بسم الله الرحمن الرحيم
The Center for Sudanese studies at St. Antony’s college, Oxford University
Friday, 16th of November, 2012
I am so grateful for this third invitation by the Sudan Centre at St. Antony’s College to speak on this most important National issue for the two Sudans, with momentous implications: regionally for the Horn and East Africa; continentally for Africa North and South Sahara and indeed for International Peace and Security.
In a nutshell my message is:
That the balance, between centripetal factors for unity between two Regions of Sudan and the centrifugal factors for separation, favors unity; but the wrong policies in the administration of diversity tilted the balance towards separation.
That after separation, the factors favoring partnership outweigh the factors for confrontation. However, the imperfections bequeathed by the CPA, and ill advised policies will gravitate towards War.
That that War is so devastating, it should and could be avoided in favor of partnership between two Sudans.
That such partnership is inconceivable in the light of current policies, especially in the Sudan, which calls for Regime change.
Regime change by force of arms, even if it is possible, will create more problems than it will solve. Therefore, the alternative is political action, which could lead to either of two terminals: A CODESA-type roadmap, or change in the tradition of the Sudanese formula of October 1964 and April 1985, recently resurrected in Tunis and Egypt.
Now I shall elucidate my argument:
Logic for Unity:
Factors which weigh in favor of unity are numerous. I mention only the most important four:
First: the British authorities during colonial times sought a separate future for the South in terms of the Southern policy pursued since the twenties of last century. For various reasons, in the forties, they decided that the most acceptable alternative for the future of the South, was unity with the North. They guided the Juba Conference of 1947 in that direction, and in spite of reservations expressed by some participants, the Resolution was for unity. The most important basis for that decision was geopolitical.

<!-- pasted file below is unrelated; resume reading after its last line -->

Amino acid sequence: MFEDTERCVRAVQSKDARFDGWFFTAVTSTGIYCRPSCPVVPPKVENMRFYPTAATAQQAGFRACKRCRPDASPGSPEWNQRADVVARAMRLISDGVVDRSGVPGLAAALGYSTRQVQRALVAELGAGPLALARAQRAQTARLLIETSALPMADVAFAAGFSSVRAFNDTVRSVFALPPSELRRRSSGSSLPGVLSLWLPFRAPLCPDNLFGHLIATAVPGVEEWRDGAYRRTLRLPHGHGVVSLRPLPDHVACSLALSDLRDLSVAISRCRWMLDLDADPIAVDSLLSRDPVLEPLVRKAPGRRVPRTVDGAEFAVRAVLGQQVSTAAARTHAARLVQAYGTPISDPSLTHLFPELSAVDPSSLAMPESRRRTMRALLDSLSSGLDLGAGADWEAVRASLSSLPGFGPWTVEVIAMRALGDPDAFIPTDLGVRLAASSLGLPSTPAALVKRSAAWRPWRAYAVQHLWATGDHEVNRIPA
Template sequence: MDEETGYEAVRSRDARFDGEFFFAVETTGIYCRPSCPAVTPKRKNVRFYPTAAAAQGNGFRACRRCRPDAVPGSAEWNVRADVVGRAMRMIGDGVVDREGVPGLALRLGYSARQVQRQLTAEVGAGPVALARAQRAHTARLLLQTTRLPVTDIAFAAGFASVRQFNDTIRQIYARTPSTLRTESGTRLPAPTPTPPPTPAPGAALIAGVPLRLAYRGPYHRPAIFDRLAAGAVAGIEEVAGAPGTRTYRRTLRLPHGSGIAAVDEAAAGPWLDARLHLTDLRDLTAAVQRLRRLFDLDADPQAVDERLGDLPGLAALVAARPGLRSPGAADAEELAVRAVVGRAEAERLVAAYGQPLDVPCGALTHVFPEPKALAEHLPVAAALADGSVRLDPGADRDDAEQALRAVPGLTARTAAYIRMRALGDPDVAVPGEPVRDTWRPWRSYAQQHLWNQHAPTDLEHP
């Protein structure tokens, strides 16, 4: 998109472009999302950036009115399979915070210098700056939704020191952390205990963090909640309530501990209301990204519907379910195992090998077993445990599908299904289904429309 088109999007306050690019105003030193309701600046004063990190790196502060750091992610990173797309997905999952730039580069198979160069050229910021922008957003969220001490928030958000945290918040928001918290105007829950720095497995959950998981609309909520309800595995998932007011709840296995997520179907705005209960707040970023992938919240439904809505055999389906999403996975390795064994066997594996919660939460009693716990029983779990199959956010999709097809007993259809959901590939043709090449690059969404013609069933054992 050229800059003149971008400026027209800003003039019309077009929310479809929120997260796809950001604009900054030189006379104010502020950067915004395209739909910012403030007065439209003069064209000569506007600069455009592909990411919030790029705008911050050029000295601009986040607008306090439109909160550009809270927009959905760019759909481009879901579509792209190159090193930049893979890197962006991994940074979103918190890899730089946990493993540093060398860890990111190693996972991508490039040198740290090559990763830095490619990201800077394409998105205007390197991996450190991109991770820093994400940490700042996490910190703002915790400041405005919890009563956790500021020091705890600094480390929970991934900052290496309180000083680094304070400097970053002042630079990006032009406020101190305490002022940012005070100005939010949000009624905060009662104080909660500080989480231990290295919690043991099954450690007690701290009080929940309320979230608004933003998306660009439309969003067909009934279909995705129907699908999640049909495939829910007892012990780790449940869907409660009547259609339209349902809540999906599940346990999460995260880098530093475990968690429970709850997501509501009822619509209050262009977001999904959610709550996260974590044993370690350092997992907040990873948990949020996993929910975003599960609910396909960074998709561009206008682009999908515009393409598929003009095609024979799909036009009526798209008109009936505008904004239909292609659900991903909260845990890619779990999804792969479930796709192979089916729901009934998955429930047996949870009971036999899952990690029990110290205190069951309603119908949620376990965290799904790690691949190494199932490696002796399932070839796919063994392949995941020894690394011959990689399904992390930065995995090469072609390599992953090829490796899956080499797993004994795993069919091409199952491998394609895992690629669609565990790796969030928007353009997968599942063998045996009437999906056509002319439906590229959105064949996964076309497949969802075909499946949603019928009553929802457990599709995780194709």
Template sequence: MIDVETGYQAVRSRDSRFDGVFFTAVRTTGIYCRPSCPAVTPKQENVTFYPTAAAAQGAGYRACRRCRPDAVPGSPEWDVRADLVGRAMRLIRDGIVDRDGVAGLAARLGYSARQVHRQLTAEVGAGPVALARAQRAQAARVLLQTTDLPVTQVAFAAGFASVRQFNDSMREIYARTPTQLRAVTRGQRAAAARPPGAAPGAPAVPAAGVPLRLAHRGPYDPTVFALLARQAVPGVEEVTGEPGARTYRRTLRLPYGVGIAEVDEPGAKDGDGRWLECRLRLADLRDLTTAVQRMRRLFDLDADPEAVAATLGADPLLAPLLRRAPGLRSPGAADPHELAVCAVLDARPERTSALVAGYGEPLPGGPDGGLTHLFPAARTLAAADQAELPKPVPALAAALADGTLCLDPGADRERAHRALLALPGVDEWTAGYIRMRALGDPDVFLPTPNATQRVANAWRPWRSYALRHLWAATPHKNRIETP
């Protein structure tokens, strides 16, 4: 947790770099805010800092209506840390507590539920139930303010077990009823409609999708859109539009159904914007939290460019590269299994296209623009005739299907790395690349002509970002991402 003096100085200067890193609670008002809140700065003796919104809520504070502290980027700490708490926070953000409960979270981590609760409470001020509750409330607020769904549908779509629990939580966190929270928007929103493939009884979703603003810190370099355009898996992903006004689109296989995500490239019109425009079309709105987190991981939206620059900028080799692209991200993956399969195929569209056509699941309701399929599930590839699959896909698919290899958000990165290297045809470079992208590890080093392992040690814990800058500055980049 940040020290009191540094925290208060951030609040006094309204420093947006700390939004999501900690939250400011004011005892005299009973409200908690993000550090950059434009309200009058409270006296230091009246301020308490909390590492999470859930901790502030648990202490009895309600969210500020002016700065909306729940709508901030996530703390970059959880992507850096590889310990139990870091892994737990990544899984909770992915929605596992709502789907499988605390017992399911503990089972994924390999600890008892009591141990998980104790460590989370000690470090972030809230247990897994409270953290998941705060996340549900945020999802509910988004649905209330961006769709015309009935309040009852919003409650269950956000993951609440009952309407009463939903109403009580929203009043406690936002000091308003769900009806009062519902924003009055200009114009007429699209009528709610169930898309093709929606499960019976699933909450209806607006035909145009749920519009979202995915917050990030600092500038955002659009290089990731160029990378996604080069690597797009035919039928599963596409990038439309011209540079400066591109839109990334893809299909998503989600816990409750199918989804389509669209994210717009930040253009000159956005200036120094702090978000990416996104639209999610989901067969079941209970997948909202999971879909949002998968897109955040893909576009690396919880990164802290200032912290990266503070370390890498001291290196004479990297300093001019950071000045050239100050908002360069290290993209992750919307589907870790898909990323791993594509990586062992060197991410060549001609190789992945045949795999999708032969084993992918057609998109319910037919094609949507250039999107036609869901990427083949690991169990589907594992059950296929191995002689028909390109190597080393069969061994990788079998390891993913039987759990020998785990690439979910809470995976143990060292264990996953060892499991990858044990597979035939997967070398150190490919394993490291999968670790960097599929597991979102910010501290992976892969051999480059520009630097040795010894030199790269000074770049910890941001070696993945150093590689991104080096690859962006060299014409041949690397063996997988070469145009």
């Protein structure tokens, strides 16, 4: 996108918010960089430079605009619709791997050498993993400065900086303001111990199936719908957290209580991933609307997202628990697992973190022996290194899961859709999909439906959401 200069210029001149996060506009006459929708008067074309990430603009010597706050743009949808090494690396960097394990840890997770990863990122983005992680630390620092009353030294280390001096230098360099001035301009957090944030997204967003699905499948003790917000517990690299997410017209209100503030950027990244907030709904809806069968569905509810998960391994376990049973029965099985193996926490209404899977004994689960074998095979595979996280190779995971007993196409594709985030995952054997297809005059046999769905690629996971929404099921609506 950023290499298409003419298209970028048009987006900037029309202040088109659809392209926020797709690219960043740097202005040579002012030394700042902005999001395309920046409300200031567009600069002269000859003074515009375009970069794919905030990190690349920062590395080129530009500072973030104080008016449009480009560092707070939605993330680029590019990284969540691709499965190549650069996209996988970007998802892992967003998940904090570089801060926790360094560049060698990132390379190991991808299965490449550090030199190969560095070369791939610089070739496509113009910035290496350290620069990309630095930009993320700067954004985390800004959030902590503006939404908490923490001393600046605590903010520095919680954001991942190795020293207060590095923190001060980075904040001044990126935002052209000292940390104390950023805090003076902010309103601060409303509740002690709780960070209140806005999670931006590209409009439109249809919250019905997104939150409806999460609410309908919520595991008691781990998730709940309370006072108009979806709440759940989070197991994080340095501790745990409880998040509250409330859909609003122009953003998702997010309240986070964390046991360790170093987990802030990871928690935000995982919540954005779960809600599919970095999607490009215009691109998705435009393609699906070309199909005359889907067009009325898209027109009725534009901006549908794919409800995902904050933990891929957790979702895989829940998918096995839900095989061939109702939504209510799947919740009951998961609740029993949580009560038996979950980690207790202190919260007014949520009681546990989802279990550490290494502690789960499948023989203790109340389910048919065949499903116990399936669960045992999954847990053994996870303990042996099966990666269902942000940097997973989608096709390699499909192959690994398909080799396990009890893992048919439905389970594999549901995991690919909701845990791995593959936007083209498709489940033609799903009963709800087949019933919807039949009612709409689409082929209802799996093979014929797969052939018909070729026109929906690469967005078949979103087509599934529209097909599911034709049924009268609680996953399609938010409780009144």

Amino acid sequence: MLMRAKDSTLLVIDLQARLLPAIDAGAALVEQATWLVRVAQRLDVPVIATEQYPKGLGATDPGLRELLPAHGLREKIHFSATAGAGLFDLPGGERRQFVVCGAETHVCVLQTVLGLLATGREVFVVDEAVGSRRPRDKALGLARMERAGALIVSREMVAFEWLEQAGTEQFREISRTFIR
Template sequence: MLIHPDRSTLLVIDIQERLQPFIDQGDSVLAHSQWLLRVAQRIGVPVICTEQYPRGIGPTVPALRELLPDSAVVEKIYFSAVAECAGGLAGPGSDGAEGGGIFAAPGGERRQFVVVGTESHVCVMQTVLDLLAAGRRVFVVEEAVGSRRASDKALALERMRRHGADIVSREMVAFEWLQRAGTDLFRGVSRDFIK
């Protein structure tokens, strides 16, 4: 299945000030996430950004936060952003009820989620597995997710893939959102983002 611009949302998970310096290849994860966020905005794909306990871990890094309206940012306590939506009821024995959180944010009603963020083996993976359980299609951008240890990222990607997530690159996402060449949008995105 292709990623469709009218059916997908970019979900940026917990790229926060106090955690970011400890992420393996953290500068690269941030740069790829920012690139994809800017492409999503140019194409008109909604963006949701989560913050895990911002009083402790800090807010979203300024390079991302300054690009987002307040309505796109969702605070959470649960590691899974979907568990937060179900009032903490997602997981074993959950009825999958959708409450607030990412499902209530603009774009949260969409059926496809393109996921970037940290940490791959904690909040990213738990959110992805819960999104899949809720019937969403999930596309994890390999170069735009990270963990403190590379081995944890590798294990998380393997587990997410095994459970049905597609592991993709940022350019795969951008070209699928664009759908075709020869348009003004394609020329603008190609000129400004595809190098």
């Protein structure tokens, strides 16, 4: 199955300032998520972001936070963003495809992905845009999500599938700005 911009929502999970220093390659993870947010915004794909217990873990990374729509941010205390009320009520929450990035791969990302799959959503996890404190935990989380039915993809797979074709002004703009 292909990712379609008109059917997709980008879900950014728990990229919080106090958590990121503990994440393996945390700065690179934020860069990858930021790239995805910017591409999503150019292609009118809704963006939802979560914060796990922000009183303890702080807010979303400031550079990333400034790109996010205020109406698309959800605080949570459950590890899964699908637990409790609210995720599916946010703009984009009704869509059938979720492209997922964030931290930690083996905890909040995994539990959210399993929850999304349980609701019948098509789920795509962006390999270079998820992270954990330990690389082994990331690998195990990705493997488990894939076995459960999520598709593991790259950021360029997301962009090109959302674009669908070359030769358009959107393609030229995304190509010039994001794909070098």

Second: the second factor favoring unity was economic. The natural market for the equatorial products of the South, e.g. tea, coffee and timber is in the North. Northern products, especially Dura are sought by Sothern consumers.
Third: Between the Northern cattle grazers and the Southern Nilotics, developed soft borders for trade, grazing and intermarriages.
Fourth: to the South, the North constitutes a gateway to North Africa. To the North, the South constitutes a gateway for East Africa. Together they constitute a microcosm for African unity.
Factors of Separation:
Numerous factors weigh for separation. The four most important ones are:
First: a history of oppression towards the peoples of the South.
Second: Modern Northern political consciousness developed without Southern involvement. The South was further alienated by emphasis on Islam and Arabism as a basis of cohesion and aspiration in the North .
Third: Besides the ascriptive diversity between North and the South, an acquired Christian and Anglophone identity, initiated by the colonial power, emerged in the South .
Fourth: In the circumstances, the southern elites, especially after the policies of June 1989 coup d’etat, decided that unity would lead to second class citizenship, and in October 1993 called unanimously, for the first time, for self-determination.
Attempts to Accommodate Southern Interests:
However, whatever the actual and perceived factors, which divided the two peoples of the Sudan, the schism was neither greater than that which separated the Peoples of America, nor that which existed in South Africa. Further, however unacceptable were the relations, there was a continuous and progressive attempt to accommodate Southern interests during Democratic times, namely, the Round Table Conference 1965, the Twelve Man Committee, the All Party conference 1967 and the scheduled National Constitutional Conference of September 1989, which was aborted by the June Coup d’etat. Even during despotic Regimes, there was the 1972 Addis Ababa Agreement, and the 2005 CPA. Both in the CPA and within the opposition NDA, Southern interests were highly represented.
Why Separation occurred?
Such positive developments did not tilt the balance in favor of unity for the following five reasons: